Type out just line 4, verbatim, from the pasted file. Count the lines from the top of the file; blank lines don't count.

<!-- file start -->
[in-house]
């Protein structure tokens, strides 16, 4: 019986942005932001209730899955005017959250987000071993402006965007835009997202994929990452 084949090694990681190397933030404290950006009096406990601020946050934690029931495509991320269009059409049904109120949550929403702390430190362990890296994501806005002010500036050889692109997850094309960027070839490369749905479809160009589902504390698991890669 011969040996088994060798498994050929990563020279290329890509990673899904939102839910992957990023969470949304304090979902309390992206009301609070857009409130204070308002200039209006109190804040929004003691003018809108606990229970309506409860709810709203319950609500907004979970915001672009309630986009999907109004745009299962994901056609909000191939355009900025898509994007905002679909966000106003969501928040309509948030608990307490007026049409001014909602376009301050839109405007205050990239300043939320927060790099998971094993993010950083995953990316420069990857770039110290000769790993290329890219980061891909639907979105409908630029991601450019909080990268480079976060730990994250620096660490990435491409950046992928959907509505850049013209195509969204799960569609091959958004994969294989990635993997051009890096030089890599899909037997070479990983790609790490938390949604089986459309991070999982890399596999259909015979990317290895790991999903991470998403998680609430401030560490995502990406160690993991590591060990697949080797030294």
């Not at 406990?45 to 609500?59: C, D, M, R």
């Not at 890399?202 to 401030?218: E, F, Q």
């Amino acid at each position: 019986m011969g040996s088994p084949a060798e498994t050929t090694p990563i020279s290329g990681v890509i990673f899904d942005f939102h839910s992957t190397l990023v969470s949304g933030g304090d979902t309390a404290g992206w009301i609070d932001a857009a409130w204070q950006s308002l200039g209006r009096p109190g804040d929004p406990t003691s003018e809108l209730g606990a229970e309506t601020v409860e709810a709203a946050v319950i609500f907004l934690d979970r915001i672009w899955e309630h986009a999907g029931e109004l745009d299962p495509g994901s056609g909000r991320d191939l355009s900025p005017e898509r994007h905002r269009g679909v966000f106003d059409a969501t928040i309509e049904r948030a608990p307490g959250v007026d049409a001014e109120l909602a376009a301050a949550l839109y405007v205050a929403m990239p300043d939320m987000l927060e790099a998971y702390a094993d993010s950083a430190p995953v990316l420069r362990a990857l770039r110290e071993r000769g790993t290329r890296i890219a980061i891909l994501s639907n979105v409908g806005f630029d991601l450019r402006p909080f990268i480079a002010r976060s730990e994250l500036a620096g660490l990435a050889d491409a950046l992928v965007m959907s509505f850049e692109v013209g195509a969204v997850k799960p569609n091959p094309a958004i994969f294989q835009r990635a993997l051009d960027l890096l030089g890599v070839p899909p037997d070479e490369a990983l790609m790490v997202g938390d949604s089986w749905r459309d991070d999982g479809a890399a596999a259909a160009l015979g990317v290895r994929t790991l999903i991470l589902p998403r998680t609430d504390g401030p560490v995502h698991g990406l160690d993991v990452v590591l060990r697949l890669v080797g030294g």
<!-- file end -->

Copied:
């Not at 890399?202 to 401030?218: E, F, Q």